Child Welfare In BC: Time To Be Allies, Not Enemies
BC's child welfare system needs to start working with families more instead of framing parents as villains
You & Me BC
June 1st, 2022
The system meant to protect and enrich BC's children and youth often does the opposite. One way to improve it is to stop framing parents and grandparents as villains, and start working together as allies.
THE ORIGINS OF PAIN
It is not always enough to change how things work within existing structures; sometimes that structure must be overhauled.
This is true of BC’s child welfare system, and to see why one should look at its origins: the system in place to help children and youth was formed under conditions which instead did irreparable harm to them.
Starting in the late 1800s, Indigenous children were removed from their communities, and forced into residential schools, in a move that would lay much of the foundation for Canada’s child welfare system.
Under the pretense that they were being removed for their own good, children instead suffered and died, while their parents—who provided much safer and caring homes—unsuccessfully begged for their return.
Not only did they incur various traumas in residential school, the absence of positive parental role models, along with stunted cultural development, harmed their capacity to raise their own children.
But residential schools were just the start.
NEW LOOK, SAME EFFECT
As residential schools began closing in the 1950s, the authority of government encroached onto reserves, as the feds made deals with provinces to deliver child welfare services.
These services were poorly funded, culturally insensitive, and predictably did little good - yet instead of acknowledging its own ineffective policies, government placed blame on the parents and swooped in.
In what is now infamously known as the sixties scoop, thousands of Indigenous children were removed from their homes, and the impact was striking.
At the start of the 1950s, just one percent of youth in care were Indigenous, but by the 1980s that number had grown to twelve percent, and today over half of youth in Canada’s foster care system are Indigenous—with B.C. and Manitoba having even higher rates.
In 2022 children are still being taken from home under the argument that it is for their good, so how do these kids fare?
Constant movement from one placement to the next creates instability and prevents the development of protective relationships.
Without stable and effective support systems, youth in care—whether Indigenous or not—are more likely to experience psychological, social, emotional issues compared to children not in care.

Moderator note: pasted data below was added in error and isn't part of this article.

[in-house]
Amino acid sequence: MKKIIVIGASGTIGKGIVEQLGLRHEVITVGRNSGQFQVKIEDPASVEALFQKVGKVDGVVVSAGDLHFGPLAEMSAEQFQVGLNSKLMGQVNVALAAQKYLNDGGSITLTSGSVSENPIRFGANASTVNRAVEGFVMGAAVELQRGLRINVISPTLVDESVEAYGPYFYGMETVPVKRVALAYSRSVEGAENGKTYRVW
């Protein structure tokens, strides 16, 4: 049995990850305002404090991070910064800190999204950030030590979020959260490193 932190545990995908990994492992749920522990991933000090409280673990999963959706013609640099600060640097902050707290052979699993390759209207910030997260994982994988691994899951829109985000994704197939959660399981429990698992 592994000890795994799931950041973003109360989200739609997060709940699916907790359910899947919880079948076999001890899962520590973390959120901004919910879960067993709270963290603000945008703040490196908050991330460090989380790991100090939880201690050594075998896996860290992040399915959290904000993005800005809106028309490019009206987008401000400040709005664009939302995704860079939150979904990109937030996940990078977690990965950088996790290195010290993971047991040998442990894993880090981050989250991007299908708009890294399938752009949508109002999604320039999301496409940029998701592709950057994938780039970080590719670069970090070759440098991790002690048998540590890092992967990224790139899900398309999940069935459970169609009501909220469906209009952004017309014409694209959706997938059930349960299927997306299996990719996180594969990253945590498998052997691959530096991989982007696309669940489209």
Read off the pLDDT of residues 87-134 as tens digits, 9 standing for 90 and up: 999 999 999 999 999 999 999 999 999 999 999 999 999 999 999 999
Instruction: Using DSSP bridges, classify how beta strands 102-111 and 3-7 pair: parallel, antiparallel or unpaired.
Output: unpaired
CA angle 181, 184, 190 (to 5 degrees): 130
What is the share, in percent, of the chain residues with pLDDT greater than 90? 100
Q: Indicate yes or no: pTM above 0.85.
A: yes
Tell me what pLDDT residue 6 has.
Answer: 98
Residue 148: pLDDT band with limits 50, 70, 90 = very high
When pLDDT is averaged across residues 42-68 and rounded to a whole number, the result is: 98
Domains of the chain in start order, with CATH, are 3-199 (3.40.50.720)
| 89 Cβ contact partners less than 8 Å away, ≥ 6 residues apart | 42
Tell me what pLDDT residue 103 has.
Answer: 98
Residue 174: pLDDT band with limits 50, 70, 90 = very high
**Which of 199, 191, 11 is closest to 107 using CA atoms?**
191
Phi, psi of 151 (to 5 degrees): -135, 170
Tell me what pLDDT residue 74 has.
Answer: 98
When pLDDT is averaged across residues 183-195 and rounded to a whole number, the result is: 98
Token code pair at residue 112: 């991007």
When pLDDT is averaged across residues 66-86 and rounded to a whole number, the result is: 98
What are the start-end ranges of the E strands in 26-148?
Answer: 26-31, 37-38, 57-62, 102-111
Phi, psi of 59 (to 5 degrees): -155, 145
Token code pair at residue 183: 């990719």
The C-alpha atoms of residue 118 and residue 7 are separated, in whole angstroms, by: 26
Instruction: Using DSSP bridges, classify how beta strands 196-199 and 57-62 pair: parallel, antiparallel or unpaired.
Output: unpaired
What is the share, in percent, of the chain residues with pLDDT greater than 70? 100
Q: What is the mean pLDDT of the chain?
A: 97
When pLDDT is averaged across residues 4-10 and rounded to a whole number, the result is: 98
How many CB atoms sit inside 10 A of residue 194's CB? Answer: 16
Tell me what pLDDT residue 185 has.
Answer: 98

A staggering forty percent of homeless youth have been in the care system, reflecting not only the lack of supports when they age out, but also damaging experiences during their stay which cause them to flee.
Harkening back to residential school days, the system that was supposed to protect and enrich these children often does the opposite.
As former youth in care jaye simpson stated, it is ‘residential school 3.0’.
ALLIES, NOT ENEMIES
It has long been obvious that things need to change, and to be fair, there have been recent improvements.
This year the NDP government increased the age to which youth aged out of care receive government support.
But more must be done to keep kids out of care in the first place, pushing back at government’s tendency to appoint itself the savior of children whose parents, in the eyes of policymakers and bureaucrats, simply do not know better.
This requires shifting from a child protection model to family service, which better recognizes the importance of keeping families together and working with them as a unit.
This involves working more closely with parents—as allies, not as enemies—to identify issues earlier in the process and develop culturally appropriate strategies to address them.
It means reducing the poverty which leaves many parents struggling to provide. Social assistance rates can be raised, claw backs to supports can be reduced, and resources spent on keeping young people in care can be redirected to keeping them out.
And it means reassessing whether many of the youth in the system are actually better off for it.
This June the province holds B.C. Child and Youth in Care Week to celebrate young persons in our care system.
But one celebration a year is not enough, nor is the current model of child welfare. It is time to change the system so B.C.’s kids are not the ones paying.
Spencer van Vloten is the editor of You & Me BC. To get in touch, send an email to email@example.com